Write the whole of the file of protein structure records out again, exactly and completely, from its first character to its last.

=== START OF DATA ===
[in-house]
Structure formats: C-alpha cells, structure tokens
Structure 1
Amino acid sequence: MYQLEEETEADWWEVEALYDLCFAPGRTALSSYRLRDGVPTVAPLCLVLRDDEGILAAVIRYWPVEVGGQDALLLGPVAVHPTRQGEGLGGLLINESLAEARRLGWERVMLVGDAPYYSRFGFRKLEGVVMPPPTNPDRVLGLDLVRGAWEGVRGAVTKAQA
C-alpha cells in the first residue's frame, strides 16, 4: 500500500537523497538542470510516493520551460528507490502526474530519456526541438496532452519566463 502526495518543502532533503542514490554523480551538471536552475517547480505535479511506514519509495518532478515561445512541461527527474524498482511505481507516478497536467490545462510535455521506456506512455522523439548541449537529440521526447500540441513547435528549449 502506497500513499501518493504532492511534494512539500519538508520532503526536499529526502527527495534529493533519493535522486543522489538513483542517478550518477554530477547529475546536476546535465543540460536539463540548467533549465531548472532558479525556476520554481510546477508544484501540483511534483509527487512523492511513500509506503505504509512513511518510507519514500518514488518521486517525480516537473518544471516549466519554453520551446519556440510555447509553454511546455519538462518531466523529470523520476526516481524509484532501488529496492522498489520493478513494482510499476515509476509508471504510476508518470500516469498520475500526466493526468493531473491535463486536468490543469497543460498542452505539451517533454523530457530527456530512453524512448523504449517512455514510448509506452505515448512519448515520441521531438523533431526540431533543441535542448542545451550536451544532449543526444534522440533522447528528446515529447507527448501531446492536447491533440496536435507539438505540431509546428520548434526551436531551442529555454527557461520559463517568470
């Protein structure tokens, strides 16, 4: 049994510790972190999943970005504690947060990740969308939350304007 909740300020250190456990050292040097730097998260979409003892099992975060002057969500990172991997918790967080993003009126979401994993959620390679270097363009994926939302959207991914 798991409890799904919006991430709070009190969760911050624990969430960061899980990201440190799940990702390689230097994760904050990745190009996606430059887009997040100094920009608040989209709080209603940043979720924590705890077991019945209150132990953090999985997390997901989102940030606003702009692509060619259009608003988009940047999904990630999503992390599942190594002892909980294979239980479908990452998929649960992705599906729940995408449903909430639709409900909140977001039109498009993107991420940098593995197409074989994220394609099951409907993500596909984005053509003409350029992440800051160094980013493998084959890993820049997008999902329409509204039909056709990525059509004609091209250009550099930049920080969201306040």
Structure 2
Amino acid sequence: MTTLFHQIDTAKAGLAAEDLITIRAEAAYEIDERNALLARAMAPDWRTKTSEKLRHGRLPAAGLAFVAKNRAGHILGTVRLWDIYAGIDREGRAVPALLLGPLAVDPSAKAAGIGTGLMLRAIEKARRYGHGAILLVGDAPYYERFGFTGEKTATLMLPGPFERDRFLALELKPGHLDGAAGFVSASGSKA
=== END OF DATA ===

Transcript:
[in-house]
Structure formats: C-alpha cells, structure tokens
Structure 1
Amino acid sequence: MYQLEEETEADWWEVEALYDLCFAPGRTALSSYRLRDGVPTVAPLCLVLRDDEGILAAVIRYWPVEVGGQDALLLGPVAVHPTRQGEGLGGLLINESLAEARRLGWERVMLVGDAPYYSRFGFRKLEGVVMPPPTNPDRVLGLDLVRGAWEGVRGAVTKAQA
C-alpha cells in the first residue's frame, strides 16, 4: 500500500537523497538542470510516493520551460528507490502526474530519456526541438496532452519566463 502526495518543502532533503542514490554523480551538471536552475517547480505535479511506514519509495518532478515561445512541461527527474524498482511505481507516478497536467490545462510535455521506456506512455522523439548541449537529440521526447500540441513547435528549449 502506497500513499501518493504532492511534494512539500519538508520532503526536499529526502527527495534529493533519493535522486543522489538513483542517478550518477554530477547529475546536476546535465543540460536539463540548467533549465531548472532558479525556476520554481510546477508544484501540483511534483509527487512523492511513500509506503505504509512513511518510507519514500518514488518521486517525480516537473518544471516549466519554453520551446519556440510555447509553454511546455519538462518531466523529470523520476526516481524509484532501488529496492522498489520493478513494482510499476515509476509508471504510476508518470500516469498520475500526466493526468493531473491535463486536468490543469497543460498542452505539451517533454523530457530527456530512453524512448523504449517512455514510448509506452505515448512519448515520441521531438523533431526540431533543441535542448542545451550536451544532449543526444534522440533522447528528446515529447507527448501531446492536447491533440496536435507539438505540431509546428520548434526551436531551442529555454527557461520559463517568470
């Protein structure tokens, strides 16, 4: 049994510790972190999943970005504690947060990740969308939350304007 909740300020250190456990050292040097730097998260979409003892099992975060002057969500990172991997918790967080993003009126979401994993959620390679270097363009994926939302959207991914 798991409890799904919006991430709070009190969760911050624990969430960061899980990201440190799940990702390689230097994760904050990745190009996606430059887009997040100094920009608040989209709080209603940043979720924590705890077991019945209150132990953090999985997390997901989102940030606003702009692509060619259009608003988009940047999904990630999503992390599942190594002892909980294979239980479908990452998929649960992705599906729940995408449903909430639709409900909140977001039109498009993107991420940098593995197409074989994220394609099951409907993500596909984005053509003409350029992440800051160094980013493998084959890993820049997008999902329409509204039909056709990525059509004609091209250009550099930049920080969201306040």
Structure 2
Amino acid sequence: MTTLFHQIDTAKAGLAAEDLITIRAEAAYEIDERNALLARAMAPDWRTKTSEKLRHGRLPAAGLAFVAKNRAGHILGTVRLWDIYAGIDREGRAVPALLLGPLAVDPSAKAAGIGTGLMLRAIEKARRYGHGAILLVGDAPYYERFGFTGEKTATLMLPGPFERDRFLALELKPGHLDGAAGFVSASGSKA